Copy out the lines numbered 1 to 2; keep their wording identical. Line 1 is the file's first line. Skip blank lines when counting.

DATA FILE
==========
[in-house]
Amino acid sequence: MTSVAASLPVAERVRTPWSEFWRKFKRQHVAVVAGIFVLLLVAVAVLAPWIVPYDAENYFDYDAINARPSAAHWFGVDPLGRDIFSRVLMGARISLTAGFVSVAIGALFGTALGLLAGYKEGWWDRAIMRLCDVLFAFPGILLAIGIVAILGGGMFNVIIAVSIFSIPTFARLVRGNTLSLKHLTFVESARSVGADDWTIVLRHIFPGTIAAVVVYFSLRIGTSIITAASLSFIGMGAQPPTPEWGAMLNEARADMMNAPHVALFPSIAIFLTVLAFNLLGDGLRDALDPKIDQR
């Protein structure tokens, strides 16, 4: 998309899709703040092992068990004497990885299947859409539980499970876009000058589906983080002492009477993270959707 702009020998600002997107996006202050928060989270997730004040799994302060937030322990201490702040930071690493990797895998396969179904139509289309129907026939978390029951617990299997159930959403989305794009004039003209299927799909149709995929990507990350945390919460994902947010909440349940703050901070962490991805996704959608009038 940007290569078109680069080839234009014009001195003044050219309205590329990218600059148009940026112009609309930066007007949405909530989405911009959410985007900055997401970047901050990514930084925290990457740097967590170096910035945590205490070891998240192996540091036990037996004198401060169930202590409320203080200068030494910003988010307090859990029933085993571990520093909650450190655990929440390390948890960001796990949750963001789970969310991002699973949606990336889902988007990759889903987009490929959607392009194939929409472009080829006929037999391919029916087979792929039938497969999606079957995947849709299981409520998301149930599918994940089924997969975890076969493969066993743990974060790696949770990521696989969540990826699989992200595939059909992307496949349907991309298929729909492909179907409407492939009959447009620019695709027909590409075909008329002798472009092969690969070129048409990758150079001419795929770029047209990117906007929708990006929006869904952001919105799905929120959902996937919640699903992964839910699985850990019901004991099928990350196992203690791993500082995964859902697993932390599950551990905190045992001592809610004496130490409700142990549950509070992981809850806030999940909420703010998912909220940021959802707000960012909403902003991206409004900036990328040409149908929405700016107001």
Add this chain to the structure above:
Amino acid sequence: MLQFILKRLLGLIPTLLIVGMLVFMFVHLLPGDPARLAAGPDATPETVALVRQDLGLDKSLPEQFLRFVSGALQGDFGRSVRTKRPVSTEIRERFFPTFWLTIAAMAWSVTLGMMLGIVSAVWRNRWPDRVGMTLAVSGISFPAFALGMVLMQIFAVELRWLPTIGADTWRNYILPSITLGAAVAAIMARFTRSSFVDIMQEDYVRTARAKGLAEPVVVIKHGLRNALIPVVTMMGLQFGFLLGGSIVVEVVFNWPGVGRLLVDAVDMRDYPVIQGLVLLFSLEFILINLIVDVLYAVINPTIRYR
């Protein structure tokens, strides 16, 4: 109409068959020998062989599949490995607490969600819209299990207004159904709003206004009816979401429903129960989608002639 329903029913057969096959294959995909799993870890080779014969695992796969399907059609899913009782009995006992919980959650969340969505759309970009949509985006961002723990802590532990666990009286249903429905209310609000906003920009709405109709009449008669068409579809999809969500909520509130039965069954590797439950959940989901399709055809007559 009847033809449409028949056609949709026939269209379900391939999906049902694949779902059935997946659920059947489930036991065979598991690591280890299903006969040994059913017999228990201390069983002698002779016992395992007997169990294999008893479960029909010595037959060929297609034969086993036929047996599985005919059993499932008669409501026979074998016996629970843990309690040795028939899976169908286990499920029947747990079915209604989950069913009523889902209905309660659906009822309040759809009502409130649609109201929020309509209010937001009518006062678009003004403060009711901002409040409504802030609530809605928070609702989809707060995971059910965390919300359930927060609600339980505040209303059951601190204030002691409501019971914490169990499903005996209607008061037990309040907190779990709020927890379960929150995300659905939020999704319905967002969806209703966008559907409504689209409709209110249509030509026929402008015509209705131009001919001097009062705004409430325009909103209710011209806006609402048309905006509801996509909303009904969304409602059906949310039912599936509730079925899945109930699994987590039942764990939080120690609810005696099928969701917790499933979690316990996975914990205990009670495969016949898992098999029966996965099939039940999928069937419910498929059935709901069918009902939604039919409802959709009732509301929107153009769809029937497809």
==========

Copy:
[in-house]
Amino acid sequence: MTSVAASLPVAERVRTPWSEFWRKFKRQHVAVVAGIFVLLLVAVAVLAPWIVPYDAENYFDYDAINARPSAAHWFGVDPLGRDIFSRVLMGARISLTAGFVSVAIGALFGTALGLLAGYKEGWWDRAIMRLCDVLFAFPGILLAIGIVAILGGGMFNVIIAVSIFSIPTFARLVRGNTLSLKHLTFVESARSVGADDWTIVLRHIFPGTIAAVVVYFSLRIGTSIITAASLSFIGMGAQPPTPEWGAMLNEARADMMNAPHVALFPSIAIFLTVLAFNLLGDGLRDALDPKIDQR